0
\$\begingroup\$

I built a small WinForm application that has checkboxes to filters users with different properties.

Each user has a name, color and number.
With the program you can filter by color or name the users that you will see:
enter image description here

Inside the application there is a static list of users:

// SomeUser(<name>, <color>, <number>);
SomeUser("user1", "red", "one");
SomeUser("user2", "blue", "one");
SomeUser("user3", "red", "two");
SomeUser("user4", "blue", "two");
SomeUser("user4", "yellow", "two");
SomeUser("user4", "blue", "three");

The application works as expected. If you are not specified any filters, it will show you all.
There is OR inside each groupbox.
There is AND bettwen the groupboxes. Meaning:
If you checked red and blue, it will search for users that have red color OR blue color.
If you checked red, blue and one, it will search for users that have red OR blue color AND one number.
I hope you understand from these two small examples.

This is the filter function:

void countFinding(CheckBox checkbox, string userField, ref int found)
{
    if (checkbox.Checked)
    {
        if (userField == checkbox.Text)
        {
            found++;
        }
    }
}

private bool isFilter(SomeUser user)
{
    bool isAllowed = false;

    int shouldBeFound = 0;
    int found = 0;
    if(this.checkBoxRed.Checked || this.checkBoxBlue.Checked)
    {
        shouldBeFound++;
        countFinding(this.checkBoxRed, user.color, ref found);
        countFinding(this.checkBoxBlue, user.color, ref found);
    }

    if (this.checkBoxOne.Checked || this.checkBoxTwo.Checked)
    {
        shouldBeFound++;
        countFinding(this.checkBoxOne, user.number, ref found);
        countFinding(this.checkBoxTwo, user.number, ref found);
    }

    if (shouldBeFound == found)
    {
        isAllowed = true;
    }

    return isAllowed;
}

Inside the isFilter() function I am checking twice the same checkbox.
In the first if I am checking:
if(this.checkBoxRed.Checked || this.checkBoxBlue.Checked) and if one of them is true it goes (twice) to an inner function (countFinding())that also checks if the checkbox is checked.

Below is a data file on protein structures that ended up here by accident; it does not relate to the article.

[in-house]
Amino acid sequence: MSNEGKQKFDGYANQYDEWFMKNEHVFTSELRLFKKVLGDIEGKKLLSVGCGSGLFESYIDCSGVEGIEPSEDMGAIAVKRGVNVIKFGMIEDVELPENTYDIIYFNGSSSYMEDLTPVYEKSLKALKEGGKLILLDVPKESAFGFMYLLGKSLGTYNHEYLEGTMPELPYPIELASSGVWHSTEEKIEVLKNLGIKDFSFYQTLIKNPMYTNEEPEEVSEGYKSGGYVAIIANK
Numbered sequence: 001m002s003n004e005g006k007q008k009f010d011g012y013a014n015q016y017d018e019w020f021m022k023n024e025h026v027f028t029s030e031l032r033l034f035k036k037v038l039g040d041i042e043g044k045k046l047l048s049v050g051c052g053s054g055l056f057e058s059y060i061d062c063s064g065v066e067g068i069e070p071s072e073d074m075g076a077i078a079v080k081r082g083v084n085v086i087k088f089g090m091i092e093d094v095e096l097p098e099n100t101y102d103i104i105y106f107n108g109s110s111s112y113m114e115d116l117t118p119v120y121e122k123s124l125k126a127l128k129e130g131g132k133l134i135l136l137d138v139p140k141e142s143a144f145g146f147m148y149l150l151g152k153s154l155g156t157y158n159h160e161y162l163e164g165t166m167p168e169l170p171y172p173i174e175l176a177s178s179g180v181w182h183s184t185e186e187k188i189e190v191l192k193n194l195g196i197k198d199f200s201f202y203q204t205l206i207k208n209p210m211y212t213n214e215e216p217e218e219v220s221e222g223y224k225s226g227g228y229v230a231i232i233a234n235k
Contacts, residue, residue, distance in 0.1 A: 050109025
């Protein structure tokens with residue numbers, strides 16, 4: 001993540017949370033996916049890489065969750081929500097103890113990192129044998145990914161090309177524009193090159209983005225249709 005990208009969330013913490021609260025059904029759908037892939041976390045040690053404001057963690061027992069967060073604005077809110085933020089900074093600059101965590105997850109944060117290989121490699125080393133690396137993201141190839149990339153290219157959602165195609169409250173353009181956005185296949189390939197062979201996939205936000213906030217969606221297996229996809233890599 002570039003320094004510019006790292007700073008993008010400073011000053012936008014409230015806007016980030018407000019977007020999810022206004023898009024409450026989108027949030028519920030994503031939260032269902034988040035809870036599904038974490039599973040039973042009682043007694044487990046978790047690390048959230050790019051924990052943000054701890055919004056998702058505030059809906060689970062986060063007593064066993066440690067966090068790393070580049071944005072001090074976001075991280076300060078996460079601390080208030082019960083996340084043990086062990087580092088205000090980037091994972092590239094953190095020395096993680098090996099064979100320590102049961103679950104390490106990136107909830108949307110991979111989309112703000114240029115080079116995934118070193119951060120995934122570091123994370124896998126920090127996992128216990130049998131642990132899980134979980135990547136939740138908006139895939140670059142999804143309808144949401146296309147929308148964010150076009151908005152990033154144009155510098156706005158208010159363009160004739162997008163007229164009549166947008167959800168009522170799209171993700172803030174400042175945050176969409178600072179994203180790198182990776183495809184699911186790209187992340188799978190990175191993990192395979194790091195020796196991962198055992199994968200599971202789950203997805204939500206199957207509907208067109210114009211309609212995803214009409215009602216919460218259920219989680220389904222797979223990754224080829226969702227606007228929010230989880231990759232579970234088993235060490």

So, it appear them I am checking at least one checkbox twice to see if it checked.

Is it possible to make it better? what do you think?

\$\endgroup\$
2
\$\begingroup\$

I don't think that checking the state of the box twice is an issue. However, I do think this could be written in a more general way that would be easier to add more boxes / fields to later. For example, sticking with the current class structure:

bool FieldMatchesFilterGroup(string field, params CheckBox[] group) 
{
    return group.All(box => !box.Checked) 
        || group.Any(box => box.Checked && box.Text == field);        
}

bool UserMatchesFilters(SomeUser user)
{
    return FieldMatchesFilterGroup(user.color, checkBoxRed, checkBoxBlue)
        && FieldMatchesFilterGroup(user.number, checkBoxOne, checkBoxTwo);
}

This could be made considerably more general, but at the cost of also becoming more complex, so whether that's worth doing depends on how you plan to use this code. The FieldMatchesFilterGroup method above is using LINQ, but you could do the same thing with a foreach loop:

bool FieldMatchesFilterGroup(string field, params CheckBox[] group)
{
    bool any = false, found = false;
    foreach(var box in group) 
    {
        if(box.Checked)
        {
            any = true;
            found |= (box.Text == field);
        }
    }
    return !any || found;
}

Also, just as a style thing, the typical C# naming convention is UpperCamelCase for methods.

\$\endgroup\$
1
\$\begingroup\$

Assuming you have a handler for the click event of the button(filter) to apply the filters. You can get all the checked boxes from each panel into separate collections. A LINQ query can then apply the filters against each user:

private void filter_Click(object sender, EventArgs e)
{
    var checkedNumbers = numbers.Controls.OfType<CheckBox>().Where(x => x.Checked == true);
    var checkedColors = colors.Controls.OfType<CheckBox>().Where(x => x.Checked == true);
    dataGridView1.DataSource = (from user in users
                                where (checkedNumbers.Count() == 0 ? true : checkedNumbers.Any(x => x.Text == user.number))
                                        && (checkedColors.Count() == 0 ? true : checkedColors.Any(x => x.Text == user.color))
                                select user).ToList();
}

For each filter set, if the count is 0 it returns true, or you could say unfiltered, otherwise it checks if the users complies with the filter(s). This follows the requirements you've stipulated.

While the above will work for this specific case, having different properties that you want to filter by, could be problematic. Using the group clause it's fairly easy to get all the checked boxes grouped by the panel name. If the panel names are exactly like the property names in the SomeUser class and the checkboxes text's are exactly like the values for those properties, one can use some simple reflection to compare the values:

private void filter_Click(object sender, EventArgs e)
{
    var checkedBoxes = (from panel in Controls.OfType<Panel>()
                        from CheckBox cb in panel.Controls.OfType<CheckBox>()
                        where cb.Checked == true
                        group cb by panel.Name);
    dataGridView1.DataSource = (from SomeUser user in users
                                where checkedBoxes.Count() == 0 ? true : checkedBoxes.All
                                (grp => grp.Any
                                (cb => cb.Text == $"{user.GetType().GetProperty(grp.Key).GetValue(user)}"))
                                select user).ToList();
}
\$\endgroup\$

Your Answer

By clicking “Post Your Answer”, you agree to our terms of service, privacy policy and cookie policy

Not the answer you're looking for? Browse other questions tagged or ask your own question.